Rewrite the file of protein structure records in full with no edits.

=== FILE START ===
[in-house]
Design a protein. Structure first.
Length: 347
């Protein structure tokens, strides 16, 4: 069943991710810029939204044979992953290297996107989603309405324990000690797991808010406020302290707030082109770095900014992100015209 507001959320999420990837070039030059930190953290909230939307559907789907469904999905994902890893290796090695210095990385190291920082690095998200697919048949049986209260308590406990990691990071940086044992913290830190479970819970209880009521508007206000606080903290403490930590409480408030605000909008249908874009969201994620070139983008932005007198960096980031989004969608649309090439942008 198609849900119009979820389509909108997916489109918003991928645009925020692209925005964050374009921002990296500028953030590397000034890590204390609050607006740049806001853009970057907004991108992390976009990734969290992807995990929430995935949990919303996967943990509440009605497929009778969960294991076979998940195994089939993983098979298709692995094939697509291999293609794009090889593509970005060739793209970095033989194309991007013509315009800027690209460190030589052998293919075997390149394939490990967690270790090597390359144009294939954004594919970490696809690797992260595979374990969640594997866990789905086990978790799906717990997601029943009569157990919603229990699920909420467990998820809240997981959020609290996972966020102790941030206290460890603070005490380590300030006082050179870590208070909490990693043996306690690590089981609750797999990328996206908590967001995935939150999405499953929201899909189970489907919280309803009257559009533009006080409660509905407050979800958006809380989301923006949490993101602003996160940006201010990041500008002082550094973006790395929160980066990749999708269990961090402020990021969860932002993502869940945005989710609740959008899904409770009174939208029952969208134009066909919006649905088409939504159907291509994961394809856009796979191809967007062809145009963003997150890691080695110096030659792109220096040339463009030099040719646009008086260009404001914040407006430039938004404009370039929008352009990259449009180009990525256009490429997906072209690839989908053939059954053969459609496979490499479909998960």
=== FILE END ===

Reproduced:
[in-house]
Design a protein. Structure first.
Length: 347
């Protein structure tokens, strides 16, 4: 069943991710810029939204044979992953290297996107989603309405324990000690797991808010406020302290707030082109770095900014992100015209 507001959320999420990837070039030059930190953290909230939307559907789907469904999905994902890893290796090695210095990385190291920082690095998200697919048949049986209260308590406990990691990071940086044992913290830190479970819970209880009521508007206000606080903290403490930590409480408030605000909008249908874009969201994620070139983008932005007198960096980031989004969608649309090439942008 198609849900119009979820389509909108997916489109918003991928645009925020692209925005964050374009921002990296500028953030590397000034890590204390609050607006740049806001853009970057907004991108992390976009990734969290992807995990929430995935949990919303996967943990509440009605497929009778969960294991076979998940195994089939993983098979298709692995094939697509291999293609794009090889593509970005060739793209970095033989194309991007013509315009800027690209460190030589052998293919075997390149394939490990967690270790090597390359144009294939954004594919970490696809690797992260595979374990969640594997866990789905086990978790799906717990997601029943009569157990919603229990699920909420467990998820809240997981959020609290996972966020102790941030206290460890603070005490380590300030006082050179870590208070909490990693043996306690690590089981609750797999990328996206908590967001995935939150999405499953929201899909189970489907919280309803009257559009533009006080409660509905407050979800958006809380989301923006949490993101602003996160940006201010990041500008002082550094973006790395929160980066990749999708269990961090402020990021969860932002993502869940945005989710609740959008899904409770009174939208029952969208134009066909919006649905088409939504159907291509994961394809856009796979191809967007062809145009963003997150890691080695110096030659792109220096040339463009030099040719646009008086260009404001914040407006430039938004404009370039929008352009990259449009180009990525256009490429997906072209690839989908053939059954053969459609496979490499479909998960």